Once again, New Mexico State University (NMSU) will host a timely summer immigration conference. Drawing seasoned scholars from different backgrounds and institutions, the conference plans on delving into many issues that remain unresolved in spite of years of political debate and posturing on both sides of the border.
Keynoting the June 17-22 series of talks and community events will be award-winning journalist Maria Hinojosa, Public Broadcasting Service veteran and host of the long-running radio show “Latino USA” aired on many National Public Radio-affiliated stations. The daughter of immigrants, Hinojosa’s June 18 speech is entitled “Stories from the Frontlines: Detention, Deportation and the New America.”
In a series of panels, scholars from the United States and Mexico will explore topics including the relationship between security policies and immigration, education and immigration, legacies of the old Bracero Program, human trafficking on the U.S.-Mexico border, and enforcement policies. A presentation by Jose Villalobos of the University of Texas at El Paso (UTEP) will examine the gap between the Obama administration’s promises and immigrant deportation.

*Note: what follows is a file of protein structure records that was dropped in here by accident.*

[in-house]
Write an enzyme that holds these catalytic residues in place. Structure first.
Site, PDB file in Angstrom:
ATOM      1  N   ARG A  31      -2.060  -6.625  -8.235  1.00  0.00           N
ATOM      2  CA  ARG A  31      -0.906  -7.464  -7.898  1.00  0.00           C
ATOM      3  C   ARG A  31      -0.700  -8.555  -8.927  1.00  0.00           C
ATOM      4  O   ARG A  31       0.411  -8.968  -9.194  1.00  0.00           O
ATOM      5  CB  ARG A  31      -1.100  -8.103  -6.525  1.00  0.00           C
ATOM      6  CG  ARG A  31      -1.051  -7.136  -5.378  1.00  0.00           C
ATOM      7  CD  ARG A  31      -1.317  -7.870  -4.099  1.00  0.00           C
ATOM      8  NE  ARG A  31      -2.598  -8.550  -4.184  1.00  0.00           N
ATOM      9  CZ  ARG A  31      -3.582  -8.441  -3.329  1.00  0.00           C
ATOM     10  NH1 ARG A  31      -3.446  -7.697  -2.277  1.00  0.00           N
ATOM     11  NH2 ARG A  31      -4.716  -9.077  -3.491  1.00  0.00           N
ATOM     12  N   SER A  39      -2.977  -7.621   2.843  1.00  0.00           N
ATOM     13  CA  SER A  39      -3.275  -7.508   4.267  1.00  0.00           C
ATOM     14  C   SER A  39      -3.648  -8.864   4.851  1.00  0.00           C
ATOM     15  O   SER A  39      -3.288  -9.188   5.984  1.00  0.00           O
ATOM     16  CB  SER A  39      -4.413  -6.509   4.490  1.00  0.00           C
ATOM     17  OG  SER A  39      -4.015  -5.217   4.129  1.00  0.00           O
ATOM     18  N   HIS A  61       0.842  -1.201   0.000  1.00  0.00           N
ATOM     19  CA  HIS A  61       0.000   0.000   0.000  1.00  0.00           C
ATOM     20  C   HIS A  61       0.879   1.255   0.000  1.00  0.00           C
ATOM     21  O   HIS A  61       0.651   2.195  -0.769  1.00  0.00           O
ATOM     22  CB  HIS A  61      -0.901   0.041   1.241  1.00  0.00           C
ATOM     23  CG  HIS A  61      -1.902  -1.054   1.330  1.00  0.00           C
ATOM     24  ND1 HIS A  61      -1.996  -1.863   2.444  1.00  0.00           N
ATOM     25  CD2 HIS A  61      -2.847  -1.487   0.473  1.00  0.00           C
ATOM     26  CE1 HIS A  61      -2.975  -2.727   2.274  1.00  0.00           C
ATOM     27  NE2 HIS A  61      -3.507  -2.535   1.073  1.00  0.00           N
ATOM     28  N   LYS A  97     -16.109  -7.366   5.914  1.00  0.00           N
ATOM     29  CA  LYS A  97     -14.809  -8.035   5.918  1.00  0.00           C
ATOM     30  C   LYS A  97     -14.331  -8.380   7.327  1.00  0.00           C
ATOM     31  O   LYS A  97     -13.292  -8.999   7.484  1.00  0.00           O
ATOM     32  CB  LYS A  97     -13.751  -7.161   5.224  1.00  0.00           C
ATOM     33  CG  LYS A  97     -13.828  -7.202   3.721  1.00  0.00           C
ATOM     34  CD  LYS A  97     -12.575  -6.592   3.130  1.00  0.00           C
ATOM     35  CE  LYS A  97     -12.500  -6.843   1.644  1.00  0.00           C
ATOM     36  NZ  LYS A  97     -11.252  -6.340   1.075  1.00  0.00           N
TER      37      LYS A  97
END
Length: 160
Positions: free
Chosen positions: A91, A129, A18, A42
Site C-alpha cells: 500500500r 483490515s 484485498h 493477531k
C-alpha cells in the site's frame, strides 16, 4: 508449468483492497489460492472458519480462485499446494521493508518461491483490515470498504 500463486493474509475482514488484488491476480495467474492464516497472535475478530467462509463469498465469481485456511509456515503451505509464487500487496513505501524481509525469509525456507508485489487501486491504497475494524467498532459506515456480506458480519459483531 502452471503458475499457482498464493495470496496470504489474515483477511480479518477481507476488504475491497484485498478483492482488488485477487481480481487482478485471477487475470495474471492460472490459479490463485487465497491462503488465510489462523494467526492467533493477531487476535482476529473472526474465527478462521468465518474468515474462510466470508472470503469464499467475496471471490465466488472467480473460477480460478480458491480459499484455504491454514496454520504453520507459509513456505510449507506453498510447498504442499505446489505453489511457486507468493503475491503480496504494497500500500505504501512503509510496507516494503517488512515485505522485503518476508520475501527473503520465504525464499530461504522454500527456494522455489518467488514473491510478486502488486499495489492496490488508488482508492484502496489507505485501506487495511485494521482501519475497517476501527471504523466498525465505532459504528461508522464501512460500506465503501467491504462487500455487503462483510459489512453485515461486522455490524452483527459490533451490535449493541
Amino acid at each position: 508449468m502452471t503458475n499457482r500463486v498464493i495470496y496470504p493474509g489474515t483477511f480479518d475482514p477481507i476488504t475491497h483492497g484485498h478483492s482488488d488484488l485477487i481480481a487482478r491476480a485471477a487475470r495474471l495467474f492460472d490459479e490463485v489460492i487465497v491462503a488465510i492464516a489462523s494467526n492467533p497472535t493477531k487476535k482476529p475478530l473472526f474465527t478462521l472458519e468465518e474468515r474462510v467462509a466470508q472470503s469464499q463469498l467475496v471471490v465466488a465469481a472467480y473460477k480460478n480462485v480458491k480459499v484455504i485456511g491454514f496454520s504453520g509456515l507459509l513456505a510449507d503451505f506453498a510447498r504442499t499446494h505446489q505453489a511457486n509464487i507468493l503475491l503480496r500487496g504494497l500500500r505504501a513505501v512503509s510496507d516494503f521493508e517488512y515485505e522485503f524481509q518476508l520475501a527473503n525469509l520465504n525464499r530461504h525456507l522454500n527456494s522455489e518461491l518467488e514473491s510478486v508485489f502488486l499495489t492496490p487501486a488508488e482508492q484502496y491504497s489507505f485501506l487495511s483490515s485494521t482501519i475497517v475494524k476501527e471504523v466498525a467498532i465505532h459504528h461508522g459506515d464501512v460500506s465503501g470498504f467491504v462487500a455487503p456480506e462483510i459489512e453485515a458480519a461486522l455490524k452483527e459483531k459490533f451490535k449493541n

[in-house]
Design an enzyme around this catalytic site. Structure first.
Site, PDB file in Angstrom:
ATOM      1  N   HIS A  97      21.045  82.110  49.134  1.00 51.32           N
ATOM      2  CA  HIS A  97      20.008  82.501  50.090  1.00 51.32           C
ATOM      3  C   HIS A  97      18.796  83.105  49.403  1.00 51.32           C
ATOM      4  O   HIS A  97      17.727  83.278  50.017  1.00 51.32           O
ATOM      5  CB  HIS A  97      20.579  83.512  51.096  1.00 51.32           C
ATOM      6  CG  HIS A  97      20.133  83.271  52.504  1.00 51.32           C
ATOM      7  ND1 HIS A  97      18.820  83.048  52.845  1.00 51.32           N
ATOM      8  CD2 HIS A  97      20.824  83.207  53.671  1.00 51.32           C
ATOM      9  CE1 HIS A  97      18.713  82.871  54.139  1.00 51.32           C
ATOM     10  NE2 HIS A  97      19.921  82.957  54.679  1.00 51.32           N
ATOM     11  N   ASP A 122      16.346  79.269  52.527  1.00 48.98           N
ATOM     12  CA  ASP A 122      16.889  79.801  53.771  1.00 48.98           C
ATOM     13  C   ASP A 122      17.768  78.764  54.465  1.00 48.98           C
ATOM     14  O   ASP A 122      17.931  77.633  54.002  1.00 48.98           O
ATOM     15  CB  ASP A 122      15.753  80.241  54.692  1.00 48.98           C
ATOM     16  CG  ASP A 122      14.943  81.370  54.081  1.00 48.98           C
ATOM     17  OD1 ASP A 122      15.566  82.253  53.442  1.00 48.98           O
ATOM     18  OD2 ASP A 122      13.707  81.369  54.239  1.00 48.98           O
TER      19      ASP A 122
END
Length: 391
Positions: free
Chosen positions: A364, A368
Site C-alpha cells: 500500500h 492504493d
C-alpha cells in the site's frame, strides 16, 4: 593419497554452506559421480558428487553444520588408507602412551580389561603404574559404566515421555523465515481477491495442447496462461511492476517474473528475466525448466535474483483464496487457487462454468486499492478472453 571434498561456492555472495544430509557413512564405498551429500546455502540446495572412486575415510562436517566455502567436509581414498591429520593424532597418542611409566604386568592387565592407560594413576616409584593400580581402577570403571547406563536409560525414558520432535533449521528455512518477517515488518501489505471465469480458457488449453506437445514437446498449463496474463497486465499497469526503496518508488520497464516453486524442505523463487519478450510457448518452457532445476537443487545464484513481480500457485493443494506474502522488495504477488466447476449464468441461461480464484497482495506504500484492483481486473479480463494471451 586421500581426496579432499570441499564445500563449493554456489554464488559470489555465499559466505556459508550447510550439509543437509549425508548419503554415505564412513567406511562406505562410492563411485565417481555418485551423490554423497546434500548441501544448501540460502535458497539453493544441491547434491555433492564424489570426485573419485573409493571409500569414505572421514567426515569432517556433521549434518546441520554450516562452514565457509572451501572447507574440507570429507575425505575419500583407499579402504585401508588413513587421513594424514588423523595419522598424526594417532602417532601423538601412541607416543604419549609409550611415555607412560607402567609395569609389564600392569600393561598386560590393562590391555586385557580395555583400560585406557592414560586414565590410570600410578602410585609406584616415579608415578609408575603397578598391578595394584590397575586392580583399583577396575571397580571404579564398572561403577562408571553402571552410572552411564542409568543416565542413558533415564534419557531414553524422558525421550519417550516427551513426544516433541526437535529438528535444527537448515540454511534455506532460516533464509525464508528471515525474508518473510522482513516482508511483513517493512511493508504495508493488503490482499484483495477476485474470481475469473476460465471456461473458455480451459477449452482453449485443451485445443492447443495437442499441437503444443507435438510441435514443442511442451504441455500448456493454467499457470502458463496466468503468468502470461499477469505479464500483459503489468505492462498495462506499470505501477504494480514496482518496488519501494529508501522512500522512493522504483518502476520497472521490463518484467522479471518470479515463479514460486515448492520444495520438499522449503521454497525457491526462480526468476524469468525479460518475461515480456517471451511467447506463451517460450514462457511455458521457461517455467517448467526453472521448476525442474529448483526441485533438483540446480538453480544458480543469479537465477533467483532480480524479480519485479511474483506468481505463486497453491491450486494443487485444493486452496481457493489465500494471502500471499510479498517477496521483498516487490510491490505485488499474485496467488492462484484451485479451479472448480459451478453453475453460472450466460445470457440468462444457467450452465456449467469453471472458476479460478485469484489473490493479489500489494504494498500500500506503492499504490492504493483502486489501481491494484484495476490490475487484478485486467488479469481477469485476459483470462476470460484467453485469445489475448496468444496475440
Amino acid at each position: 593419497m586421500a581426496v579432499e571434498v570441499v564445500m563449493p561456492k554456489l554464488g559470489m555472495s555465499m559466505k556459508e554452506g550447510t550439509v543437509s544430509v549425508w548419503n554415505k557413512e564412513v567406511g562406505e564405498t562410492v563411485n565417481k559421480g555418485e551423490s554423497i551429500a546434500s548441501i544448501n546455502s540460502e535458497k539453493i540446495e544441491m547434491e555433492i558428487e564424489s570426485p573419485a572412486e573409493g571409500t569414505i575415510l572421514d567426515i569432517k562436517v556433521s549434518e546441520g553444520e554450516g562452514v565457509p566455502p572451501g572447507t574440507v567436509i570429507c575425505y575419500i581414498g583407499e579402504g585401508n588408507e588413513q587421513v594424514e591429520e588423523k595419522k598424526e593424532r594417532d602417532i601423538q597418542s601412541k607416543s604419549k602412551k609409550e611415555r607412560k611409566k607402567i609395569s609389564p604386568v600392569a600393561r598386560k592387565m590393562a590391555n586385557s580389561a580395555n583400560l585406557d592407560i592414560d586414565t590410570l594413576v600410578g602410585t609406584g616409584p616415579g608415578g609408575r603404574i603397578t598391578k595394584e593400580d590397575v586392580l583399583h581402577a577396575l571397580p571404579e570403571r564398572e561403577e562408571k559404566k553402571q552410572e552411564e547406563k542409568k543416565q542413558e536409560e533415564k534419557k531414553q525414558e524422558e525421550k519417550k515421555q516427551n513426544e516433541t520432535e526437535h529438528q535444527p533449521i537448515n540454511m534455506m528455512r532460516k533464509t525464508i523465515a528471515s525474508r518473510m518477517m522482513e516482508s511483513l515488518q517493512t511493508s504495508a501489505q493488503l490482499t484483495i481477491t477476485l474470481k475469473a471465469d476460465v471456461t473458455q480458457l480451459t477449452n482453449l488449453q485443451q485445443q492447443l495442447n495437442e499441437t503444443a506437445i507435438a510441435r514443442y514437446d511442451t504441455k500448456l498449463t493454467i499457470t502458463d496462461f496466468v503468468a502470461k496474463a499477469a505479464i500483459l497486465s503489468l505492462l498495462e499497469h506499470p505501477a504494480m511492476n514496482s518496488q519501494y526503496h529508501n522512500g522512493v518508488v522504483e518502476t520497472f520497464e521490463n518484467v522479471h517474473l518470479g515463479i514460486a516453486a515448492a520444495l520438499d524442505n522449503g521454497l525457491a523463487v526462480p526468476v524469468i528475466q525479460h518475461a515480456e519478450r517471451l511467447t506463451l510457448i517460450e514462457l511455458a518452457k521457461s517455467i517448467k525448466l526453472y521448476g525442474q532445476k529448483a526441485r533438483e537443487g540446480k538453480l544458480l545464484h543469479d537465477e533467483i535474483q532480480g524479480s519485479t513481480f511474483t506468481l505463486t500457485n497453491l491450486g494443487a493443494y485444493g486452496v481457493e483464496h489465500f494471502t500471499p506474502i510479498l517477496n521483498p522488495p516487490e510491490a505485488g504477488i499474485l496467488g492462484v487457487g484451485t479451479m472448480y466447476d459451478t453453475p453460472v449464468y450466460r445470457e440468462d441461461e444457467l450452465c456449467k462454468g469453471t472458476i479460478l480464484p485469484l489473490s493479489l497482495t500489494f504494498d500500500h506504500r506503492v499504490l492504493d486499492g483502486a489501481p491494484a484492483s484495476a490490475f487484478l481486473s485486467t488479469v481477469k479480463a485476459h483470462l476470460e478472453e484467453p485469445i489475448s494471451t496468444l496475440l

According to conference organizers, the gathering “focuses on the social impacts of border enforcement and discusses the challenges facing community organizations as they seek to promote dialogue and alternative approaches based on respect for human rights…”
The participating scholars and community leaders include Neil Harvey, head of New Mexico State University’s Department of Government; Susan Tiano, director of the University of New Mexico’s Latin American and Iberian Institute; Alvaro Martinez of the Autonomous University of Chiapas; Luis Alfonso Herrera of the Autonomous University of Ciudad Juarez; Diana Bustamante, executive director of the Las Cruces-based Colonias Development Council; and Kathleen Staudt and Lizely Madrigal-Gonzalez of UTEP’s Department of Political Science, among many others.
As part of the organizers’ goal of connecting community with academia, some participants will visit Chaparral, a low-income community with a large immigrant population in southern New Mexico’s Dona Ana County, and meet with staff members and farmworkers at the Border Agricultural Workers Center in neighboring El Paso, Texas.
All the conference panels, which are scheduled to take place at the Corbett Center Auditorium at the heart of the NMSU campus, are free and open to the public. Spanish and English translation will be available.
For conference details, interested readers can go to the following website: http://immigration.nmsu.edu